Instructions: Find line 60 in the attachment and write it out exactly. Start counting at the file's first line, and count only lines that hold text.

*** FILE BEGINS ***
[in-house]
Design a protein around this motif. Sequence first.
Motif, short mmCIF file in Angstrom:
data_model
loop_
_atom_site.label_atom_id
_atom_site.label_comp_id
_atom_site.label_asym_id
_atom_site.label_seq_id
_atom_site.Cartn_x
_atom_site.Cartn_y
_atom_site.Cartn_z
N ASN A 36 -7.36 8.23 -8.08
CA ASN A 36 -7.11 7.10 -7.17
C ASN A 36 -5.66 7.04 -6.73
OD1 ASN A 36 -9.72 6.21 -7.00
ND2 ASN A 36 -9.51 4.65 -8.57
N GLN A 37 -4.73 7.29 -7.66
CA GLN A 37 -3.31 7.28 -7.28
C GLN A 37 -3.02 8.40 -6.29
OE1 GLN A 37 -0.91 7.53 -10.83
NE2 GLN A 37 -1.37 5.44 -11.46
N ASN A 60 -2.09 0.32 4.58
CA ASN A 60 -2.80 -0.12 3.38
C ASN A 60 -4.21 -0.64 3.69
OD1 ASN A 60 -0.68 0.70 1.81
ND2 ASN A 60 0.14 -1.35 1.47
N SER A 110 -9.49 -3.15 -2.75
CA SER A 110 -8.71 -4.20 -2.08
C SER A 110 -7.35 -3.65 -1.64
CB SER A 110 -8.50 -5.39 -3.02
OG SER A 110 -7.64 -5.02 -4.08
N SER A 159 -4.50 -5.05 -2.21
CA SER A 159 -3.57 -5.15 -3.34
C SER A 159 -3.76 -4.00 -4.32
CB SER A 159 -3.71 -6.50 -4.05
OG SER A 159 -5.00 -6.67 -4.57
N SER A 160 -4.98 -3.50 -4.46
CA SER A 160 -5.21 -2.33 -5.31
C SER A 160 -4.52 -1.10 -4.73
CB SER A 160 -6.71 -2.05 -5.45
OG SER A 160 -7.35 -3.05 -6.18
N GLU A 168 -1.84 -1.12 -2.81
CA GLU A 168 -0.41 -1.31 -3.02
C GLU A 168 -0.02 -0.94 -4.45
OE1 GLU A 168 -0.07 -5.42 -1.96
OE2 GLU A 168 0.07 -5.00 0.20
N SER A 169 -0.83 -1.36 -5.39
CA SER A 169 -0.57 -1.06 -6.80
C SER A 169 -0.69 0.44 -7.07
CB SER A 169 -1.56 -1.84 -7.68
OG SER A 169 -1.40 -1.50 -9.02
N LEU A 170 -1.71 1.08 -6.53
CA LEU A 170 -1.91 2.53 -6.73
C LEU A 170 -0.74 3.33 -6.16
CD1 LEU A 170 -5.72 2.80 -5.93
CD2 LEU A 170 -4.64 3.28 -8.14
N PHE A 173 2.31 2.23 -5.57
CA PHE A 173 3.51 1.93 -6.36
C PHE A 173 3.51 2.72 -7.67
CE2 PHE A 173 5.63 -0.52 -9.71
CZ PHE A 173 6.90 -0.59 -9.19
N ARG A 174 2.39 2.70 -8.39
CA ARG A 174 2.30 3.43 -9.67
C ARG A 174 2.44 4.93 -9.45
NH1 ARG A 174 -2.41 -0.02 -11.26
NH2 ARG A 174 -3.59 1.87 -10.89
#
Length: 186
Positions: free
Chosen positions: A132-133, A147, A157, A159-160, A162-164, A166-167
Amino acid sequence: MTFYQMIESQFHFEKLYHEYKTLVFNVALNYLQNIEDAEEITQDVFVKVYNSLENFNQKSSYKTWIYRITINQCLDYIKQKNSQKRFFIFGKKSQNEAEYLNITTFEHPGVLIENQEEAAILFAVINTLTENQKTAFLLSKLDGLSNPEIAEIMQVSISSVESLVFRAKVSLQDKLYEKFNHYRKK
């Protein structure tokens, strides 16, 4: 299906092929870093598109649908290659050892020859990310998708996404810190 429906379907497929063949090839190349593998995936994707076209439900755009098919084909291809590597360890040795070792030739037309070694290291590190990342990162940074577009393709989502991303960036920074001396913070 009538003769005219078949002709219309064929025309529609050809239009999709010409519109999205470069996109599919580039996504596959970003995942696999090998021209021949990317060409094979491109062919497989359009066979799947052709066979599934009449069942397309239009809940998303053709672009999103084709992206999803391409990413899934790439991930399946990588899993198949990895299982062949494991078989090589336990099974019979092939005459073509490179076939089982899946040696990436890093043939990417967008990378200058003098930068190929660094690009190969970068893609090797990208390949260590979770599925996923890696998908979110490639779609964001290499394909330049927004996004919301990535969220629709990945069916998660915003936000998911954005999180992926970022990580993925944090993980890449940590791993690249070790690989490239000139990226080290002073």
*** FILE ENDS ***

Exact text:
C PHE A 173 3.51 2.72 -7.67